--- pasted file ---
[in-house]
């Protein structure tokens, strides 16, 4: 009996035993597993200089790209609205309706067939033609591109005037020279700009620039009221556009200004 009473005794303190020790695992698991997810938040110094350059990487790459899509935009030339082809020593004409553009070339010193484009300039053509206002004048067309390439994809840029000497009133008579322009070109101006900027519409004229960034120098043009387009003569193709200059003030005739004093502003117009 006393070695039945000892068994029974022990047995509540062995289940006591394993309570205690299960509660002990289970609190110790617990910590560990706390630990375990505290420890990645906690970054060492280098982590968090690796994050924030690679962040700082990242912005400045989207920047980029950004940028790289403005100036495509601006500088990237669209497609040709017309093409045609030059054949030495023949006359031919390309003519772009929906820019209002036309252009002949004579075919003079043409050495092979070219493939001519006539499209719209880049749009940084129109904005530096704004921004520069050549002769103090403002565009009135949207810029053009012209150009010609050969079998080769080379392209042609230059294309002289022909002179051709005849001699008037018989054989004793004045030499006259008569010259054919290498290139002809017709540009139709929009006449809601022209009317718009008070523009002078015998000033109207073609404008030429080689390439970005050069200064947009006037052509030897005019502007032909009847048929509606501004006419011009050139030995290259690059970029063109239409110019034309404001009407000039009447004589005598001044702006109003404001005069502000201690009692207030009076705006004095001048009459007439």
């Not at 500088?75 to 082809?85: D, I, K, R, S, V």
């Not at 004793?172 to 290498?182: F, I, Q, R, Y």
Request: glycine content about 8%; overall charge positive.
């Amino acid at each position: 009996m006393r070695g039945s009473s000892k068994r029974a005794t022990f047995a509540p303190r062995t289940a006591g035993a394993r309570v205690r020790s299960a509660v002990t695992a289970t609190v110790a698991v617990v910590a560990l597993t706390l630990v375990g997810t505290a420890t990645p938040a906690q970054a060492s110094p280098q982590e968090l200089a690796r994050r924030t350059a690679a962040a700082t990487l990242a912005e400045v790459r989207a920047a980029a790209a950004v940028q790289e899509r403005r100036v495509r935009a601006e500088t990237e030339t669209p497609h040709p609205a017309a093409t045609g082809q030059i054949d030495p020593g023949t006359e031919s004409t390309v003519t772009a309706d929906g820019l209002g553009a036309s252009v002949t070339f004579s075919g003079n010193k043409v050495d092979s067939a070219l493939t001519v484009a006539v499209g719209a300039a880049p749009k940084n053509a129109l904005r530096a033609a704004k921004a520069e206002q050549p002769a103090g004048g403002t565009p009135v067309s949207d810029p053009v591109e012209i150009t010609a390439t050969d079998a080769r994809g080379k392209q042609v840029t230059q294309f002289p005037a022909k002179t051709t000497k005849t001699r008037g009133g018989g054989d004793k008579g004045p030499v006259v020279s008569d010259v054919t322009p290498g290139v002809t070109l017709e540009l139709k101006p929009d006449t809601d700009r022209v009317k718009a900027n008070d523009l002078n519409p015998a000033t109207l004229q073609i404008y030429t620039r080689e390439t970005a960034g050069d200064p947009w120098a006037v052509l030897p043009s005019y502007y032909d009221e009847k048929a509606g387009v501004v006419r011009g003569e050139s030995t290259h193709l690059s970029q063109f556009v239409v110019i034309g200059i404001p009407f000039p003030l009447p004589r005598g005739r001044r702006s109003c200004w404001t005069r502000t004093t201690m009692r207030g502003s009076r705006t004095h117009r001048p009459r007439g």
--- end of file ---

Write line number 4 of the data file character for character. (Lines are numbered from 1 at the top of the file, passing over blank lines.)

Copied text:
């Not at 004793?172 to 290498?182: F, I, Q, R, Y």